March 2021 Featured Article

Humility: Scarce as Hen’s Teeth

Ever spent time considering chickens? Neither have I. Until now.


Not long ago, I participated in a Bible study seeking a deeper understanding of the Holy Spirit. One lesson was subtitled “God wants to dwell among humble people.” Our discussions stimulated, challenged, and sometimes surprised me. It made me sit up and consider the Holy Spirit in a new way, particularly in the light of humility.


Which brings me back to chickens.


I fed a slew of the fowls as a girl. My farmer father would wring their necks. Mother would cut them up in a specific way so we could have a pulley-bone pullin’. And then she’d fry them—hearts, gizzards, necks, and livers too—crisp on the outside and tender and juicy on the inside.


Chickens bring to mind not only Sunday dinner but something else too. Sometimes referred to as personality, this characteristic of chickens suggests a definite lack of humility.


Hens can be downright unneighborly, squawking and flapping and pecking at a girl just trying to gather eggs. And those roosters … Mercy, roosters are a force to be reckoned with. Tread softly, very softly, in the chicken yard, ya’ll. Those claws can do some real damage.


I’ve noticed hens’ and roosters’ body parts from heads to feet and tail feathers. But I have yet to find a single tooth. Teeth are scarce in a chicken yard, and so is humility. But if you can ever find such a creature, she won’t peck a hole in a girl’s hand just for reaching for an egg. A contrite rooster won’t flog a boy who’s come to the chicken yard to scatter feed. Nor will a meek Main Mama strut her tail feathers before the other girls just because she out-lays every other hen in the yard.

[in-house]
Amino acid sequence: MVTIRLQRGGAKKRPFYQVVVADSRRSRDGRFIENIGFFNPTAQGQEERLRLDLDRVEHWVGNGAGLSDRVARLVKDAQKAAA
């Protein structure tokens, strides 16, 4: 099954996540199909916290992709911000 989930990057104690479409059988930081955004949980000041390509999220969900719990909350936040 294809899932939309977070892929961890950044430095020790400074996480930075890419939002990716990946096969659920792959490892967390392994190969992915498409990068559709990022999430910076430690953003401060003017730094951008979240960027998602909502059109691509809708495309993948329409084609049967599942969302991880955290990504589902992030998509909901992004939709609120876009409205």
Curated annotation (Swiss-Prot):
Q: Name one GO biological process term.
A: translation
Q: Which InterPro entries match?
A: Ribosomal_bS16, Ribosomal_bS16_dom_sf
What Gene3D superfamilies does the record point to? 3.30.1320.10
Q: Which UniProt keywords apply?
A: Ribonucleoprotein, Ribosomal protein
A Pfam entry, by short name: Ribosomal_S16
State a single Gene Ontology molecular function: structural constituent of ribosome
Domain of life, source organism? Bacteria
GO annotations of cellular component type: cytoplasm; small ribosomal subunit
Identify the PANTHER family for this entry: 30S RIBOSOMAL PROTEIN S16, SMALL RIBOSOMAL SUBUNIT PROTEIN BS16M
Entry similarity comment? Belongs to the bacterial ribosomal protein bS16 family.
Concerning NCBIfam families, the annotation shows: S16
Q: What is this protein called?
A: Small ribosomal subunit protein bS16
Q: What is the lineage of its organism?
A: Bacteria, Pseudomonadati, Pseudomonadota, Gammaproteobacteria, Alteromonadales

Women are sometimes referred to as a bunch of hens. Or their laughter as cackling. I’d like to think some dour old rooster first came up with such unflattering comparisons, but if the metaphor fits, girls, we’ll wear it. You too, boys.


Speaking of wearing unflattering comparisons, the foul-dispositioned chicken/rooster/bad pun metaphor sometimes fits us humans. (Settle down now. No ruffled feathers allowed.) In the publishing business, for example, a well-intentioned question or improperly submitted query can spark a fluttering of wings at best and a flogging of the tongue at the worst. The same can be said of other fields, of course. Name it, and you’ll likely find the humility-lacking school administrator, business manager, politician, salesperson, service worker, teen, sibling, or parent.


Why? Often, it’s due to pressures, which abound in every sort of chicken yard—office buildings, markets, schools, churches, and homes. While the lowly pullets are struggling to learn and grow and peck and squawk like the big folks, the new mothers are hesitant, guarded, even irritable. And the old folks can be just plain grumpy.


But let a newcomer strut into the yard wearing a “Grade A” badge (or looking plain measly, for that matter), and the others stop and stare. If the badge-less one dares to ask where she’s to “set” or he, where to strut, Mr. Ruling Rooster and Mrs. Main Mama sharpen their claws. After all, those two have been around awhile and enjoy a following, so they figure they can let fly some barbs. Even in their blogs.


Perhaps prideful Mr. Rooster and busier-than-anyone-else Main Mama should take a step back and consider the setting hen over in the corner, the one who’s trying her best to lay that first egg. Or the young mama who laid an egg, but it rolled and splatted on the ground. And don’t overlook the hen house veteran who produces nests full of eggs but never a chick, but she keeps trying.


If Mr. and Mrs. Exalted Success Story take a look in the mirror, they won’t find they’ve grown teeth, but maybe—just maybe—they’ll find egg on their faces and uncover some humility.


Could be we all need a strong dose of humility, chicken yard or nay. Excuse me while I dab at a spot of egg on my face.

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